Documents released by Edward Snowden reveal NSA surveillance on Germany & European allies
Classified documents released by Edward Snowden to German news publication Der Spiegel revealed that the National Security Agency has been secretly spying on Germany, France, Italy, among other countries as well as the European Union.
The NSA surveillance program dubbed “Boundless Informant” has collected billions of pieces of telecommunications data – including telephone calls, emails, text messages, and chats – from phone and Internet networks in Germany, France, Italy, and Poland.
In the case of Germany, a close ally of the U.S., a secret document indicated that the NSA “gathered metadata from some 15 million telephone connections and 10 million Internet datasets” on an average day in December 2012.
“The Americans are collecting metadata from up to half a billion communications a month in Germany,” according to Der Spiegel. “Can a sovereign state tolerate a situation in which half a billion pieces of data are stolen on its territory each month from a foreign country? And can this be done especially when this country has identified the sovereign state as a ’3rd party foreign partner’ and, as such, one that can be spied on at any time, as has now become clear?”
Der Spiegel also reported that the European Council headquarters in Brussels, the European Union’s diplomatic delegation’s office on K Street in Washington, D.C., and the European Union’s mission at the United Nations headquarters in New York were all under NSA surveillance.
“The NSA appears to be even more unscrupulous on its home turf,” according to Der Spiegel.
These revelations have sparked concern and outrage throughout Europe.
A spokesman for German Chancellor Angela Merkel called the NSA’s actions “unacceptable.”
“The monitoring of friends — this is unacceptable. It can’t be tolerated. We are no longer in the Cold War,” said Steffen Seibert speaking on behalf of Merkel. “Trust has to be the basis of our cooperation. When it comes to this affair, trust has to be re-established.
The European Commission, the EU High Representative, and the European council have all issued statements expressing concern and demands for clarification from the Obama administration about the reports of U.S. surveillance of EU premises.
“The President of the European Council is very concerned by the press reports with allegations of U.S. surveillance of EU premises abroad and in Brussels. The European Union, including through its External Action Service, is examining the allegations and in contact with U.S. authorities,” said the spokesman of EU Council President Herman Van Rompuy. “The European Union has demanded and expects full and urgent clarification by the U.S. regarding the allegations.”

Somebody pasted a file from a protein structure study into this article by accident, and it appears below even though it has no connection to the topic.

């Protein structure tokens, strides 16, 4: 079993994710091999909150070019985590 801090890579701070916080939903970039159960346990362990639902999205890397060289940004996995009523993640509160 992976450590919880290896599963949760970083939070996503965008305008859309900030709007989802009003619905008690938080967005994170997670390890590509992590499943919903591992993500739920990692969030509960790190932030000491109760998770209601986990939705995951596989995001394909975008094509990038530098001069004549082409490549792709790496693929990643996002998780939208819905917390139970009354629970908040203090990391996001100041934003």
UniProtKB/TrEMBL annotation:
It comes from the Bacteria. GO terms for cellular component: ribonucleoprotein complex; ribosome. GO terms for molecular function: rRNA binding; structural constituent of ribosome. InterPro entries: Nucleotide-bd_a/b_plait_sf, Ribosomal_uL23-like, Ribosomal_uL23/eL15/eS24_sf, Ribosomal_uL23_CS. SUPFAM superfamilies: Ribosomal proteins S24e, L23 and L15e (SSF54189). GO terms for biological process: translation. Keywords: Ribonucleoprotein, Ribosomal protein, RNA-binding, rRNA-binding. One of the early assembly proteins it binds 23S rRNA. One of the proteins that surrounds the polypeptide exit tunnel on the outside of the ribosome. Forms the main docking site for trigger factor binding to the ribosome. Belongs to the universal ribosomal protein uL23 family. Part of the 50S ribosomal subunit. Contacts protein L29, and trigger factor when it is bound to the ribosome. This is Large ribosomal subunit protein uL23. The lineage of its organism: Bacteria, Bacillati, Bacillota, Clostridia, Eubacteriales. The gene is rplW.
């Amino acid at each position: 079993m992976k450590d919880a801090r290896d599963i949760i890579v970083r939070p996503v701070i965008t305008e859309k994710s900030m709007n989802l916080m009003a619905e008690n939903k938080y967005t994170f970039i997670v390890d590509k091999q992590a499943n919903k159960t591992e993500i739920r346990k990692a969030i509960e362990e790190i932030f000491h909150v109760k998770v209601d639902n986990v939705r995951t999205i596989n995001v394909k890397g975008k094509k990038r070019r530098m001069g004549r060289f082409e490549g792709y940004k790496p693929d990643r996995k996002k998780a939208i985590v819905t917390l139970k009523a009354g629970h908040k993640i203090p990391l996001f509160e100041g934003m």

President Barack Obama has agreed to evaluate the allegations reported by Der Spiegel and follow up with the European Union with more information.
“I’ve asked my team and the NSA to evaluate everything that’s being claimed. When we have answer, we will make sure to provide all the information that our allies want and what exactly the allegations have been,” Obama told reporters at a press conference in Tanzania. “The Europeans are some of the closest allies that we have in the world. And we work with them on everything, and we share intelligence constantly. And our primary concerns are the various security threats that may have an impact on both our countries.”
But the President’s remarks seem suggest that the NSA’s electronic surveillance practices are acceptable because such practices are commonly used by intelligence services all over the world.
“Every intelligence service – not just ours, but every European Intelligence service, every Asian intelligence service, wherever there’s an intelligence service – here’s one thing that they’re going to be doing: they’re going to be trying to understand the world better and what’s going on in world capitals around the world from sources that aren’t available through the New York Times or NBC News; that they are seeking additional insight beyond what’s available through open sources. And if that weren’t the case, then there would be no use for an intelligence service,” said Obama.
- WhiteHouse.gov: Remarks by President Obama and President Kikwete of Tanzania at Joint Press Conference
- Europa.eu: Statement by the European Commission on alleged surveillance of EU premises
- Europa.eu: Commission discussion on the alleged US intelligence activities targeting EU institutions and Member States
- German Federal Foreign Office: Meeting with US Ambassador Murphy: urgent clarification required
- Spiegel.de: How the NSA Targets Germany and Europe
- Spiegel.de: ‘No Longer in the Cold War’: Merkel Infuriated by US Spying
- Spiegel.de: Partner and Target: NSA Snoops on 500 Million German Data Connections
- State.gov: Press Availability in Bandar Seri Begawan, Brunei
- State.gov: Daily press briefing July 1, 2013
- State.gov: Daily press briefing July 2, 2013
- European Union at the United Nations: Statement by the spokespersons of EU Council President Van Rompuy on press reports of U.S. surveillance of EU premises
- European Union at the United Nations: EU Commission discussion on alleged US intelligence activities targeting EU institutions and Member States
- Europa.eu: Statement by EU High Representative Catherine Ashton on the alleged surveillance of EU premises
Category: Analysis, Civil Liberties, Corruption, Current Events, Feature, Government, Intelligence Community, International, News, Technology, U.S. · Tags: Angela Merkel, data mining, Der Spiegel, Edward Snowden, Europe, European Council, European Union, foreign policy, France, Germany, intelligence, Internet, Italy, leak, metadata, National Security Agency, NSA, Poland, President Barack Obama, privacy, spying, Steffen Seibert, surveillance, U.S., United States, whistleblower